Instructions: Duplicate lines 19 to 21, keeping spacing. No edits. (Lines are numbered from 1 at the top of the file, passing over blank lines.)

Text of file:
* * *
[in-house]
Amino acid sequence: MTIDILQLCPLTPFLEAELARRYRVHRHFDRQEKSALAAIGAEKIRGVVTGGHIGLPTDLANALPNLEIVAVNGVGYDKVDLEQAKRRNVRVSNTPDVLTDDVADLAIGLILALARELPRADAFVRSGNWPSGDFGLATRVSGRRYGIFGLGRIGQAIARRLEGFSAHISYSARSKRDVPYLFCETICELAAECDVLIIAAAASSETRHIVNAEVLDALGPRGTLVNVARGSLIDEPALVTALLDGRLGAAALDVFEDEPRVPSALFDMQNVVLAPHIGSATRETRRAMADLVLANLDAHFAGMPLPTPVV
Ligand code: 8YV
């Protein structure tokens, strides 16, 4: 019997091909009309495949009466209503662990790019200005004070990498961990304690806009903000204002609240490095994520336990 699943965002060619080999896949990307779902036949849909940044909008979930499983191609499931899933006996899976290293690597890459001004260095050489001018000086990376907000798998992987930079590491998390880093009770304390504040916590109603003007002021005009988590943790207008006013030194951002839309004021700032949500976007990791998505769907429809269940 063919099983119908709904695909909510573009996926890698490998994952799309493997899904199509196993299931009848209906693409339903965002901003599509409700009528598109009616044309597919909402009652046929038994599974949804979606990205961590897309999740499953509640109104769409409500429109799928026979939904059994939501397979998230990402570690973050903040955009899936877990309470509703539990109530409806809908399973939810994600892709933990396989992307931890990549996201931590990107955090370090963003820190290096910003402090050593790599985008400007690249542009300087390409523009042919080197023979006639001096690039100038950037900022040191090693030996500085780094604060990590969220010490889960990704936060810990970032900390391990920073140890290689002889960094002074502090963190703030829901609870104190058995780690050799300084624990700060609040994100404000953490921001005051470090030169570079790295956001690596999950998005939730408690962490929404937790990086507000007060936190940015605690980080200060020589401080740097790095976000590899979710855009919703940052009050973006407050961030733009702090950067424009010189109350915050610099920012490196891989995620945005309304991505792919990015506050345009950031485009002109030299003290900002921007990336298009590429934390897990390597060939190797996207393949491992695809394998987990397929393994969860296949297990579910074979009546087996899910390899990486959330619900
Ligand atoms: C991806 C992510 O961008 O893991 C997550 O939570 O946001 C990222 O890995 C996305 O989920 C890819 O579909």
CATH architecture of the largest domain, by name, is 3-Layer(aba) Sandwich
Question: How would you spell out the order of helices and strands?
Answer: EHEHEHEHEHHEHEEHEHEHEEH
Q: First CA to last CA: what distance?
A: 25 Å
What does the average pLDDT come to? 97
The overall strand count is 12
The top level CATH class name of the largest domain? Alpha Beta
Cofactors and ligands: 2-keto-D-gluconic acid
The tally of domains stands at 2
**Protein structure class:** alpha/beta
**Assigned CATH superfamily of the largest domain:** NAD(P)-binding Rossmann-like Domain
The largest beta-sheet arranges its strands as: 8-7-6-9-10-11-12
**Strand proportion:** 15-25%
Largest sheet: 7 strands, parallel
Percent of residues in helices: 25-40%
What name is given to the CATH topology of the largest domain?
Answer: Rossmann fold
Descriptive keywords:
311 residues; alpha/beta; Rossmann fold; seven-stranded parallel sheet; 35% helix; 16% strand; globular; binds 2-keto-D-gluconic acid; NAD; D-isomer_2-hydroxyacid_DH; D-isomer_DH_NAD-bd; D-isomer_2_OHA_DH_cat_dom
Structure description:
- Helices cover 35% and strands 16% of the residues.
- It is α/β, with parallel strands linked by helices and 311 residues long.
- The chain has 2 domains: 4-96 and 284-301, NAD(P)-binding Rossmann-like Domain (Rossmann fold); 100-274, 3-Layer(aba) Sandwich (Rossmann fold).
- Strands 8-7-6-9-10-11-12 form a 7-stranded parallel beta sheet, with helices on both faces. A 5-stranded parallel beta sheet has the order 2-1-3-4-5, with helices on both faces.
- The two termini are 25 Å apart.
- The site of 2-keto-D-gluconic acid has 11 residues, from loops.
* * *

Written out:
**Strand proportion:** 15-25%
Largest sheet: 7 strands, parallel
Percent of residues in helices: 25-40%